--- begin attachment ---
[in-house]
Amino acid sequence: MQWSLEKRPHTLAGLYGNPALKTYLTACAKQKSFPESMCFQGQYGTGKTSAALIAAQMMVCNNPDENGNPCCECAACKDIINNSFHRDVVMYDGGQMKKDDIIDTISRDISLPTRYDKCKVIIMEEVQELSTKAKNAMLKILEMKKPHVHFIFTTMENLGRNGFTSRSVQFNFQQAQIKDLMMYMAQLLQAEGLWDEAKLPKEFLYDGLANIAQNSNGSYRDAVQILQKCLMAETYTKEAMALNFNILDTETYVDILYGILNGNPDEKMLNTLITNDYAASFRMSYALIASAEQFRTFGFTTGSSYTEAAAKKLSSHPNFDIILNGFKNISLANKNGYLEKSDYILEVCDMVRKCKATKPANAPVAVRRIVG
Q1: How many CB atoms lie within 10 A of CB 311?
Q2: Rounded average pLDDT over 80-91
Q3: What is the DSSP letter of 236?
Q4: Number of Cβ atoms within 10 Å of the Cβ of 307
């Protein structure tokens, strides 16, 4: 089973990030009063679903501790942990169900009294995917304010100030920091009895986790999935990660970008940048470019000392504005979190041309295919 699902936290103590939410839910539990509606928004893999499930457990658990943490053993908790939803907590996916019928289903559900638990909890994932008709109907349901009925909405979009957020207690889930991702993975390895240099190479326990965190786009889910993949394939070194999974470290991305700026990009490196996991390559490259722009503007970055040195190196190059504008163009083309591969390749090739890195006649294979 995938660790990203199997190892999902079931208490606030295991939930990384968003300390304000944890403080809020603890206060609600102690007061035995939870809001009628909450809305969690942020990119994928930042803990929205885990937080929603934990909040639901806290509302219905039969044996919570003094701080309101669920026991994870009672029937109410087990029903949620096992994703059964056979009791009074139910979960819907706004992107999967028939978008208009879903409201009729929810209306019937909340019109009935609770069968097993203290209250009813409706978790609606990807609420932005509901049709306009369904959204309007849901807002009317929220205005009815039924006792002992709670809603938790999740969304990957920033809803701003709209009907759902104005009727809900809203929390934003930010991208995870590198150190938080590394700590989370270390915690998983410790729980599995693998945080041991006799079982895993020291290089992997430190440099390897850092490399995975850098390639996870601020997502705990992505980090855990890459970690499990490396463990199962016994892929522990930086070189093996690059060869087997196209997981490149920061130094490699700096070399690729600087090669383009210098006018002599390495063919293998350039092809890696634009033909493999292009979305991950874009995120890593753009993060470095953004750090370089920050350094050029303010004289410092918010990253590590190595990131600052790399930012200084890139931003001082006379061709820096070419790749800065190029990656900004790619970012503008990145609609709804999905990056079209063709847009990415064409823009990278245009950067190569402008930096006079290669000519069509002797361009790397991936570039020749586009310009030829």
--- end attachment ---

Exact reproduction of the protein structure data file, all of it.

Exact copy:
[in-house]
Amino acid sequence: MQWSLEKRPHTLAGLYGNPALKTYLTACAKQKSFPESMCFQGQYGTGKTSAALIAAQMMVCNNPDENGNPCCECAACKDIINNSFHRDVVMYDGGQMKKDDIIDTISRDISLPTRYDKCKVIIMEEVQELSTKAKNAMLKILEMKKPHVHFIFTTMENLGRNGFTSRSVQFNFQQAQIKDLMMYMAQLLQAEGLWDEAKLPKEFLYDGLANIAQNSNGSYRDAVQILQKCLMAETYTKEAMALNFNILDTETYVDILYGILNGNPDEKMLNTLITNDYAASFRMSYALIASAEQFRTFGFTTGSSYTEAAAKKLSSHPNFDIILNGFKNISLANKNGYLEKSDYILEVCDMVRKCKATKPANAPVAVRRIVG
Q1: How many CB atoms lie within 10 A of CB 311?
Q2: Rounded average pLDDT over 80-91
Q3: What is the DSSP letter of 236?
Q4: Number of Cβ atoms within 10 Å of the Cβ of 307
């Protein structure tokens, strides 16, 4: 089973990030009063679903501790942990169900009294995917304010100030920091009895986790999935990660970008940048470019000392504005979190041309295919 699902936290103590939410839910539990509606928004893999499930457990658990943490053993908790939803907590996916019928289903559900638990909890994932008709109907349901009925909405979009957020207690889930991702993975390895240099190479326990965190786009889910993949394939070194999974470290991305700026990009490196996991390559490259722009503007970055040195190196190059504008163009083309591969390749090739890195006649294979 995938660790990203199997190892999902079931208490606030295991939930990384968003300390304000944890403080809020603890206060609600102690007061035995939870809001009628909450809305969690942020990119994928930042803990929205885990937080929603934990909040639901806290509302219905039969044996919570003094701080309101669920026991994870009672029937109410087990029903949620096992994703059964056979009791009074139910979960819907706004992107999967028939978008208009879903409201009729929810209306019937909340019109009935609770069968097993203290209250009813409706978790609606990807609420932005509901049709306009369904959204309007849901807002009317929220205005009815039924006792002992709670809603938790999740969304990957920033809803701003709209009907759902104005009727809900809203929390934003930010991208995870590198150190938080590394700590989370270390915690998983410790729980599995693998945080041991006799079982895993020291290089992997430190440099390897850092490399995975850098390639996870601020997502705990992505980090855990890459970690499990490396463990199962016994892929522990930086070189093996690059060869087997196209997981490149920061130094490699700096070399690729600087090669383009210098006018002599390495063919293998350039092809890696634009033909493999292009979305991950874009995120890593753009993060470095953004750090370089920050350094050029303010004289410092918010990253590590190595990131600052790399930012200084890139931003001082006379061709820096070419790749800065190029990656900004790619970012503008990145609609709804999905990056079209063709847009990415064409823009990278245009950067190569402008930096006079290669000519069509002797361009790397991936570039020749586009310009030829």